Originally Posted by SolipsismX
You can't compare Macs to iOS-based iDevices because the logistics are completely different. You can hook any size monitor up to a Mac. Apple starts at 11" and while that gets quite small and many pro apps simply aren't designed with that mine for general use it works out and there are certainly advantages for the small size device. Or you can go to 100" HD projector if you wish, not using an Apple display at all. You can use any
aspect ratio that suits your needs.
You simply don't have all those options with a non-windowed OS without a direct and severe hit to the user experience. For those reasons I think the most likely avenue for Apple to increase the display size to keep the PPI the same and increase the resolution on one or more axis. This allows for any current iPhone content to be displayed on a larger iPhone exactly, pixel-for-pixel, the same size today as it will tomorrow. Devs will still get a new SDK and updated apps will be the better for it, just like with the iPhone 3GS to iPhone 4 transition.
FTR I wasn't comparing devices as much as markets. I believe the cell market's roughly a billion units per year - and the new tab market is roughly a tenth that (with likely half or more of those Wi-Fi devices). Apple's disrupted and transformed the former one device at a time - by revealing that what were being thought of as smart phones were really pretty dumb, and they've jump started and validated the latter - again by showing no one else had grabbed the metaphor for what a useful/user friendly tablet could be.
But now that everyone and their cousin in the industry is focused on mobile computing - and now that consumers begin to see all the possibilities, going forward I don't expect Apple to try and fill every niche use with a plethora of specialty mobile products, but I do think it will take more than one "phone factor" device and one "tablet factor" offering to cover even the mass markets and leading edges of where the mass markets will be going as the tech and engineering drive relentlessly forward.
My signature example for a future not-so-sy fy iDevice is a 20"+ flexible sheet that rolls up into a cylinder - with application for consumers (reading the paper on a commute, collaborative gaming on the device or across the net, a portable multi-person HD movie experience anywhere, anytime, etc., etc.), for business - instant design and markup collaboration, presentations and conferences anywhere, blueprints on the 80th story - with the ability to change 'em on the construction site, again, etc. ad infinitum), and for the military (obvious applications all over the field).
Meanwhile, Apple's got this Other Line that no one talks about much anymore - the iPod (since anyone with a smart phone or iPad already has their music on their phone or pad - which is very successful in gaming, but kind of superfluous strategically at the moment. This is one place one could see some tweener sizes for dedicated devices that don't need phone service or which can rely on Skype type services.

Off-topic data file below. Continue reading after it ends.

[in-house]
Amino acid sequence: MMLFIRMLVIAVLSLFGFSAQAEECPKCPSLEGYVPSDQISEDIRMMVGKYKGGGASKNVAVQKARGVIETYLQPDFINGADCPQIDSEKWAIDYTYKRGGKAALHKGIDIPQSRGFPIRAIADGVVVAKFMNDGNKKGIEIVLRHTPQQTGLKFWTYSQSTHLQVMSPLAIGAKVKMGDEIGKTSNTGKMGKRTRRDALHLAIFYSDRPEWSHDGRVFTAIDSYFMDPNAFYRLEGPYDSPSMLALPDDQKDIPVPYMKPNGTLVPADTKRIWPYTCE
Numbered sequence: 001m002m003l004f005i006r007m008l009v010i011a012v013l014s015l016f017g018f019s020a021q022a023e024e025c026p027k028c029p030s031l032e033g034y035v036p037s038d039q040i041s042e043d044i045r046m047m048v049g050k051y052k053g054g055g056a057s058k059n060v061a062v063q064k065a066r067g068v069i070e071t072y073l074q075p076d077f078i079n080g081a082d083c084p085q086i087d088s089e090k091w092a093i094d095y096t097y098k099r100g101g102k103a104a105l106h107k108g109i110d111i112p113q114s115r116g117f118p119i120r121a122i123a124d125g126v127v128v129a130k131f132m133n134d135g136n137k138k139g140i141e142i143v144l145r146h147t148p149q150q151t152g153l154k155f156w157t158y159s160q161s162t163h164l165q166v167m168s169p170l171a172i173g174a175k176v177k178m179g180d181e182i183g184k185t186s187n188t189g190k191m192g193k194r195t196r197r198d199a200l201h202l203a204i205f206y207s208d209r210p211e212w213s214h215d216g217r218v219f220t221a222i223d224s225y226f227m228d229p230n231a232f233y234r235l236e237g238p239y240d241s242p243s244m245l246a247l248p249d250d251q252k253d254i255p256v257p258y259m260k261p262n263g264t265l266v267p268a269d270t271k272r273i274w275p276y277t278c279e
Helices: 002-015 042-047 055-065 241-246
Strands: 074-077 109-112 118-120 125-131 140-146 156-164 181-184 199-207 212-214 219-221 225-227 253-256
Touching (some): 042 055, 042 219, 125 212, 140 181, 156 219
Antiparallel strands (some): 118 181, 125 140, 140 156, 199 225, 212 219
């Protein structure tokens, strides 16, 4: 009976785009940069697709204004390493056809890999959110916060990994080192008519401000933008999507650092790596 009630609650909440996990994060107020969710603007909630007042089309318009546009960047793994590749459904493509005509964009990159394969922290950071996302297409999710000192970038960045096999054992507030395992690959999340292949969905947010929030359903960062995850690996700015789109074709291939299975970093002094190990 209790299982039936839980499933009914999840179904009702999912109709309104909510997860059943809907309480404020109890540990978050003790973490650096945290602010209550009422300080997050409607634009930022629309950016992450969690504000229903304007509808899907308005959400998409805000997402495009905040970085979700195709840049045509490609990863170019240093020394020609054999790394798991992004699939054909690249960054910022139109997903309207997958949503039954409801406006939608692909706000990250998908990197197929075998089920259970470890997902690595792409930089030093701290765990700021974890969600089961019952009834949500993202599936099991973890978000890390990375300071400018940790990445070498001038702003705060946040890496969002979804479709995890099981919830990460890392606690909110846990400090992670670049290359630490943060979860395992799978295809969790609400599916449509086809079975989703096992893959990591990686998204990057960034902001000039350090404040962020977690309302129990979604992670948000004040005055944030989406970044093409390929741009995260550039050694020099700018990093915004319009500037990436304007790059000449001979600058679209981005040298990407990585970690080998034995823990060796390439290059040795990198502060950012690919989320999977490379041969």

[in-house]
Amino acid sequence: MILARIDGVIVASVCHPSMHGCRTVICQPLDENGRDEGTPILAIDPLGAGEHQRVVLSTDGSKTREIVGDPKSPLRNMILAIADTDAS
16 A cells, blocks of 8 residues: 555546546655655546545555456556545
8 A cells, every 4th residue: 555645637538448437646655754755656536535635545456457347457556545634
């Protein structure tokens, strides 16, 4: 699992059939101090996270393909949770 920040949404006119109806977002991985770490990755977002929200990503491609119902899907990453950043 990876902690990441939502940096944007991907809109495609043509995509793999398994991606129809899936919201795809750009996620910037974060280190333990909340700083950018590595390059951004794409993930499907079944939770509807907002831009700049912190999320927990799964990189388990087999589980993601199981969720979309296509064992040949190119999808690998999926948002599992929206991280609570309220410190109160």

Apple (along with Android and some interesting work at Nokia) has already knocked a good amount of the stuffing out of point and shoot cameras with only what they can cram into an iPhone (along with the phone and computer).
I think a 4-5" iPod class device optimized for photography (real zoom, better optics (even if the optical path has to turn and do other tricks to keep a thin device that's also a good reader/gamer/semi-pocketable) and useable amounts of flash or video light, e.g.) - and still a potent (more potent) game device - and able to run all those other apps, and be useful with video and book content - and if marketed liked a tablet class device with, say, LTE as an option (but not called an iPad) - could grab another nice chunk from all the camera makers - and further blunt any market share progress by Android or MS. And no one's really done this yet. I.e., could be 10M+/yr device market between say $299 and $499.
The cam makers are starting to add Wi-Fi and other iDevice features - but a Coolpix that can transmit pics/vids on a home network or even post them to say, facebook or YouTube, is not an iPhone or an iPad. It's a camera with a few extra tricks - and couldn't hold a candle to an Apple device, even if marginally better as a shooter. And again, that's just an existing market. There are more brand new ones to come. As Apple has proven repeatedly with the three devices discussed here.
Also, as iOS and its processor families develop (tho' tech-knowledge-wise I realize I'm just talking out of my butt here), more of the screen management chores could (as I think I kind of understand) be abstracted into to the OS - making more screen sizes and even aspect ratios far less painful for developers. Or maybe not.
But my point is that while you're right about the current market - where brilliant engineering has won amazing share with only one new basic phone and tablet model per year (or less!) - both of which have turned out to have totally hit the sweet spot for compromise between all the mainstream uses to date as highly adaptable general use devices - we haven't seen every class, size and form factor with enough market potential for Apple to target in this new world yet.